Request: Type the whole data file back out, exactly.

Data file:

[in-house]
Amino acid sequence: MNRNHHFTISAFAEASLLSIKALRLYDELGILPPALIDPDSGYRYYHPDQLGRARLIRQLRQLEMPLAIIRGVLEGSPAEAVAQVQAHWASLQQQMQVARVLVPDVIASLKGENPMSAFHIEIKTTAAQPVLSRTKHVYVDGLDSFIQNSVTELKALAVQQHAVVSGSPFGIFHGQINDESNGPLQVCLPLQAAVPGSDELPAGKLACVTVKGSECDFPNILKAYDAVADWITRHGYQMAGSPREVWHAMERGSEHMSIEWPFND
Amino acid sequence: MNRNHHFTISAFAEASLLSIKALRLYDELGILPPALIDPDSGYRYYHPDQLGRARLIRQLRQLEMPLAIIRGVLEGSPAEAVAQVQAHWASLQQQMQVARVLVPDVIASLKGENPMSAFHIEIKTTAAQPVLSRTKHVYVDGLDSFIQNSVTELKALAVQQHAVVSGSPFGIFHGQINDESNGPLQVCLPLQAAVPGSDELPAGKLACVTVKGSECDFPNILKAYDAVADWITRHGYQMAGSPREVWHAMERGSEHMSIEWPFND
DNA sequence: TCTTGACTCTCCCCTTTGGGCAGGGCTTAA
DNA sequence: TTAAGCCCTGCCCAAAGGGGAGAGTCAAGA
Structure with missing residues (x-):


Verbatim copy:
[in-house]
Amino acid sequence: MNRNHHFTISAFAEASLLSIKALRLYDELGILPPALIDPDSGYRYYHPDQLGRARLIRQLRQLEMPLAIIRGVLEGSPAEAVAQVQAHWASLQQQMQVARVLVPDVIASLKGENPMSAFHIEIKTTAAQPVLSRTKHVYVDGLDSFIQNSVTELKALAVQQHAVVSGSPFGIFHGQINDESNGPLQVCLPLQAAVPGSDELPAGKLACVTVKGSECDFPNILKAYDAVADWITRHGYQMAGSPREVWHAMERGSEHMSIEWPFND
Amino acid sequence: MNRNHHFTISAFAEASLLSIKALRLYDELGILPPALIDPDSGYRYYHPDQLGRARLIRQLRQLEMPLAIIRGVLEGSPAEAVAQVQAHWASLQQQMQVARVLVPDVIASLKGENPMSAFHIEIKTTAAQPVLSRTKHVYVDGLDSFIQNSVTELKALAVQQHAVVSGSPFGIFHGQINDESNGPLQVCLPLQAAVPGSDELPAGKLACVTVKGSECDFPNILKAYDAVADWITRHGYQMAGSPREVWHAMERGSEHMSIEWPFND
DNA sequence: TCTTGACTCTCCCCTTTGGGCAGGGCTTAA
DNA sequence: TTAAGCCCTGCCCAAAGGGGAGAGTCAAGA
Structure with missing residues (x-):